patients’ religious and spiritual concerns is one part of a
broader movement toward a more patient-centered,9cultural-
ly competent,8,10,11narrative,12and holistic13medicine. This
movement emphasizes the notion that patients interact with
the health care system from a specific language, culture, com-
munity, and tradition, all of which shape patients’ decisions
and experiences related to illness. Given our society’s exten-
sive ethnic, cultural, and religious diversity, it follows that
physicians must be attentive to and respectful of the ways in
which patients’ fundamental values may conflict with a phy-
sician’s deeply held convictions,8,10,11,14possibly in ways that
seem foreign or irrational to the physician.15,16
While much attention has been given to patients’ religious
and other values, little attention has been given to the way in
which physicians’ particular cultures, communities, and val-
ues may influence the clinical encounter. The American Asso-
ciation of Medical Colleges has called medical educators to
teach students how to ‘‘incorporate awareness of spirituality,
and culture beliefs and practices, into the care of patients in a
variety of clinical contexts . . . [and to] recognize that their own
spirituality, and cultural beliefs and practices, might affect the
ways they relate to, and provide care to, patients.’’17Despite
such aims, little empirical data have been available regarding
physicians’ religious characteristics, how such characteristics
compare with those of the general population, or how physi-
cians’ religious commitments shape their clinical engage-
What is known about physicians’ religious characteristics
comes primarily from studies that have been limited to family
physicians,18–20women physicians,21and physicians from a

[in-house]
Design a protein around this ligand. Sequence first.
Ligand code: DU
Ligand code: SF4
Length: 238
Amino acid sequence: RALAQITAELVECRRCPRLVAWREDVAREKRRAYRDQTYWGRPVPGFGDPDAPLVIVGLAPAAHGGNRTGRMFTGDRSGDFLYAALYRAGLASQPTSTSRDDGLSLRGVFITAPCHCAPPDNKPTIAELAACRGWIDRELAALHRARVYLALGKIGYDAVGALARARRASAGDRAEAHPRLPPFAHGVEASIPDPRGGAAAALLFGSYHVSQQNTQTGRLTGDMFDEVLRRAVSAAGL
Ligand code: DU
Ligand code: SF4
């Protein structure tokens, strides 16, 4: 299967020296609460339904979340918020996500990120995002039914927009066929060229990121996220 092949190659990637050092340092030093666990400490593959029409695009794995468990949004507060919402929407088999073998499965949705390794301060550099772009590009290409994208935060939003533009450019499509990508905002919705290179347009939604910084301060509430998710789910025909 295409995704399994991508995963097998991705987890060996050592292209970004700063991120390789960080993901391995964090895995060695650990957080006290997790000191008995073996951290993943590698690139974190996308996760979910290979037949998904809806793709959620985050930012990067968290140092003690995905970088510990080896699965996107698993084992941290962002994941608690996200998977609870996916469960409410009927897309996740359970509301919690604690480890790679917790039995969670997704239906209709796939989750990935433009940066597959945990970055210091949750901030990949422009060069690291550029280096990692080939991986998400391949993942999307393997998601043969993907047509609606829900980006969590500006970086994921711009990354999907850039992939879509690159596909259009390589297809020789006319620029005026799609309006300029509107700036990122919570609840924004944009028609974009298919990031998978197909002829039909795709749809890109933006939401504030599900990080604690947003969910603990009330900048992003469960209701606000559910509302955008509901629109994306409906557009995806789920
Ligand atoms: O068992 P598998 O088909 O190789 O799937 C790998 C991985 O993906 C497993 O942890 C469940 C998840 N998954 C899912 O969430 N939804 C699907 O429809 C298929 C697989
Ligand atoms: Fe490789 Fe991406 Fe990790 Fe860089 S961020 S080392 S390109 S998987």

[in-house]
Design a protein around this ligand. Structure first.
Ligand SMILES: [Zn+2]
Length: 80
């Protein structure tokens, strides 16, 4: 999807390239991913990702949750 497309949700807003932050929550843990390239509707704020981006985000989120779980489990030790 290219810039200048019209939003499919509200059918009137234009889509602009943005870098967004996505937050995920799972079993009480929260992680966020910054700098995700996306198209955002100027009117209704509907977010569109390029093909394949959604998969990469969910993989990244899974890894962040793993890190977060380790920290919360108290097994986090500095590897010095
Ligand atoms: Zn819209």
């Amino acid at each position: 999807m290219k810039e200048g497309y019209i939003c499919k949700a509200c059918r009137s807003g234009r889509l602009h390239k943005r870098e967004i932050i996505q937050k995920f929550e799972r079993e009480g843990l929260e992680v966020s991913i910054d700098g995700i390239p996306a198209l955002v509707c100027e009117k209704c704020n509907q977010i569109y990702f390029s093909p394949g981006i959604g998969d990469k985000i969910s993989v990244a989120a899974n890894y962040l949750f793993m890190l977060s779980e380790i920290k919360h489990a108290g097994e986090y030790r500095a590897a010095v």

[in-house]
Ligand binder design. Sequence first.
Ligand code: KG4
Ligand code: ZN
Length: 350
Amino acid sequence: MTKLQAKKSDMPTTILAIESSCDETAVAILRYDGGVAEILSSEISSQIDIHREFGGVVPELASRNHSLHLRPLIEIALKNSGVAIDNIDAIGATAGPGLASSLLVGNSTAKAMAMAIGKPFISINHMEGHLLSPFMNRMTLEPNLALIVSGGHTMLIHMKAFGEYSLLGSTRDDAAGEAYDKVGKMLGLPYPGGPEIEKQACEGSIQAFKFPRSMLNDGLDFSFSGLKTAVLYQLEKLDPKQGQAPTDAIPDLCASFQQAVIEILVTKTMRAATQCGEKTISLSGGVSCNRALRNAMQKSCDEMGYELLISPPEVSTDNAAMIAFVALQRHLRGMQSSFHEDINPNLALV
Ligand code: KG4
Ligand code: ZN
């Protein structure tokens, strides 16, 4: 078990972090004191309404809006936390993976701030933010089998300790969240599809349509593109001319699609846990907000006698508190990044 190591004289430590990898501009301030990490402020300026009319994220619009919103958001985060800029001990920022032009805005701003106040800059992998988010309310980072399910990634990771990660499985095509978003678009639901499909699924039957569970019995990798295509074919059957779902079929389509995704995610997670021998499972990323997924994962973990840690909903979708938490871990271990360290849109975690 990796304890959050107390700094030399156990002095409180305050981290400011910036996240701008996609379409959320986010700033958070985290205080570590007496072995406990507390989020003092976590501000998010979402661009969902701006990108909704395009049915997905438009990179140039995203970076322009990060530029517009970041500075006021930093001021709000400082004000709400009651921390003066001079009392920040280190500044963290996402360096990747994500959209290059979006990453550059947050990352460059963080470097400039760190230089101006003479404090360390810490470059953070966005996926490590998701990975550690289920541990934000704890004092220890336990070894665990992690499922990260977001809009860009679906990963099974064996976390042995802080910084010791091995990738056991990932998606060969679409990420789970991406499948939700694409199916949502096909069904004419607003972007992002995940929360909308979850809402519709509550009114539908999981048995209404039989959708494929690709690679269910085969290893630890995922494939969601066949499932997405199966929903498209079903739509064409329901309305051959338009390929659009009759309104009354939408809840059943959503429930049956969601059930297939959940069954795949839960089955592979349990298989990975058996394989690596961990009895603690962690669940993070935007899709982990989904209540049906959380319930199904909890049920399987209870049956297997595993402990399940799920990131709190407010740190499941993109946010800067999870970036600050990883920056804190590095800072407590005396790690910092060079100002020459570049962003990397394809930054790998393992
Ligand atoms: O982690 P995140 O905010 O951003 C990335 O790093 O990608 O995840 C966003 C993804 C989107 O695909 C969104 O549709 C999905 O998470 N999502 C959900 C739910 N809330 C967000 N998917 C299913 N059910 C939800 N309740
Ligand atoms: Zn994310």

few discrete medical centers.22These studies suggest that
family physicians are comparable to the general population
with regard to religious characteristics20and are generally
more religious than physicians from other specialties.21Yet,
the limited sampling frames of these prior studies make it dif-
ficult to generalize such findings to the broader physician pop-
ulation. The goal of this study was to provide a baseline
description of physicians’ religious characteristics, and to
compare physicians’ characteristics with those of the general
U.S. population. To do this, we surveyed a national probability
sample of physicians using multidimensional measures of re-
ligion and spirituality, and then compared physicians’ re-
sponses with those obtained on the General Social Survey
(GSS), a study of a national probability sample of U.S. house-
Accepted for publication February 1, 2005
None of the authors have any financial or other conflicts of interest to
report regarding this study or this article.
Address correspondence and requests for reprints to Farr A. Curlin:
The University of Chicago, 5841 S. Maryland Avenue, MC 2007, Chica-
go, IL 60637 (e-mail: email@example.com).
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Curlin et al., Religious Characteristics of U.S. Physicians